Nu’uanu Pali Lookout – Hawaii’s Violent Past & Pretty Views

The Pali Lookout, a scenic viewing spot along the cliffs of the Nu’uanu Pali, has been a staple in my family’s guide to Oahu for many years. Whenever visitors from out of town would come to our home, I’d find myself back up here again, gazing down upon the Kaneohe Bay and fighting back the incredible gusts of wind that come with such amazing, elevated views.

I wouldn’t learn about the Pali Lookout’s violent history until later, when public schooling would have us study Hawaiiana. It was here that King Kamehameha I (or King Kamehameha the Great, as some called him) drove Kalanikupule, chief of Oahu, and his men off these cliffs in an effort to unite the Hawaiian Islands. It was kind of like that scene in 300, except with fewer chiseled abs and a lot more dead bodies.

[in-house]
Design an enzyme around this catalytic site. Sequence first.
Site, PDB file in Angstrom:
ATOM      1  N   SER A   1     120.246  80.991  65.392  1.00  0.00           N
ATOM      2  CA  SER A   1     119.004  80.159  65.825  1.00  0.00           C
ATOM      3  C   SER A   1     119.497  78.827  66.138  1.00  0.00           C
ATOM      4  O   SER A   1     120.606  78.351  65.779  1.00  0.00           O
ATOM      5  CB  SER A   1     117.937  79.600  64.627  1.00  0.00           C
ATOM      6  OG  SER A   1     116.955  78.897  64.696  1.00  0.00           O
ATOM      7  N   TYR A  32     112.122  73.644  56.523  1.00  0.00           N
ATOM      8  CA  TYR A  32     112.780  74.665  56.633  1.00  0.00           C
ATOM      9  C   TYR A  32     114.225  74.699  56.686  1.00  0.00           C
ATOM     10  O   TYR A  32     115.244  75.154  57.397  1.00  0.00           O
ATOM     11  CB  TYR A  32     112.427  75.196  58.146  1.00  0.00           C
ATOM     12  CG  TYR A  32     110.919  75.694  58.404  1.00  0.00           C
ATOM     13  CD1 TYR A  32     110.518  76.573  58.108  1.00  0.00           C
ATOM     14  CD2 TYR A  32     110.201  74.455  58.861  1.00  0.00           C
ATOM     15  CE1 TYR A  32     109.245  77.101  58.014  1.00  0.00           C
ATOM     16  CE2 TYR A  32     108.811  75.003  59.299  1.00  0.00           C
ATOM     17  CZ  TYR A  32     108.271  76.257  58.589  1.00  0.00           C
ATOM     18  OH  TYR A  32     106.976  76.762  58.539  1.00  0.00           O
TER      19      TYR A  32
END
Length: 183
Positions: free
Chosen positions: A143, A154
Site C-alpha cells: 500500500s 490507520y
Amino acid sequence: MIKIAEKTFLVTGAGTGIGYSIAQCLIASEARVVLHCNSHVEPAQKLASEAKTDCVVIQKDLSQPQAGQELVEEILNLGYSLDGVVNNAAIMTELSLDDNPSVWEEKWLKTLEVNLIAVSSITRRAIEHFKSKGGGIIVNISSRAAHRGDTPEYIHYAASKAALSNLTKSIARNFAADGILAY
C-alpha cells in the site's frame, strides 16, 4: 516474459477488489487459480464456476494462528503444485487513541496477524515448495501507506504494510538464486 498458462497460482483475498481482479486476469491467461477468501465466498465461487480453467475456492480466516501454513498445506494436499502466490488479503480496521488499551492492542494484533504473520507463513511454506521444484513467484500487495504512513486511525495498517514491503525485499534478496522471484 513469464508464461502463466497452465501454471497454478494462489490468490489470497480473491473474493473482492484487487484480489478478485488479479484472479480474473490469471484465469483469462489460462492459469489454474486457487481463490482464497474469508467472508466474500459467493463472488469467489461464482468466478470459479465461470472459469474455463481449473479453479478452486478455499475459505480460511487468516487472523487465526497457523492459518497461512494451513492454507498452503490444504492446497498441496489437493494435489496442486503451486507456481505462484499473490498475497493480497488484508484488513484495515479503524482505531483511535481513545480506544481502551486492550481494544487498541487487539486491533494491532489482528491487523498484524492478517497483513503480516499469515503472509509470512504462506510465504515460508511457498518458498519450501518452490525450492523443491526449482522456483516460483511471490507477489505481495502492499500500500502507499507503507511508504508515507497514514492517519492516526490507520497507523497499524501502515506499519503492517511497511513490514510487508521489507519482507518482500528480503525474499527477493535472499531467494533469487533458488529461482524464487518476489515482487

Several ghost stories live within these mountains, as they do with many of the holy and historic sites throughout the Hawaiian Islands. Superstitions often involve Pele, the volcano goddess who always seems riled up about something or another. Anyone carrying pork through the Nu’uanu Pali would find themselves deterred until said pork was removed, an effect rendered by Pele’s dispute with a hog-human demigod…

It occurs.

Nu'uanu Pali Lookout Photo

Nu'uanu Pali Lookout Photo

Nu'uanu Pali Lookout - Danger Sign Photo

Nu'uanu Pali Lookout Photo

For the complete collection, visit my Nu’uanu Pali Lookout photoset on Flickr or view them in the slideshow here: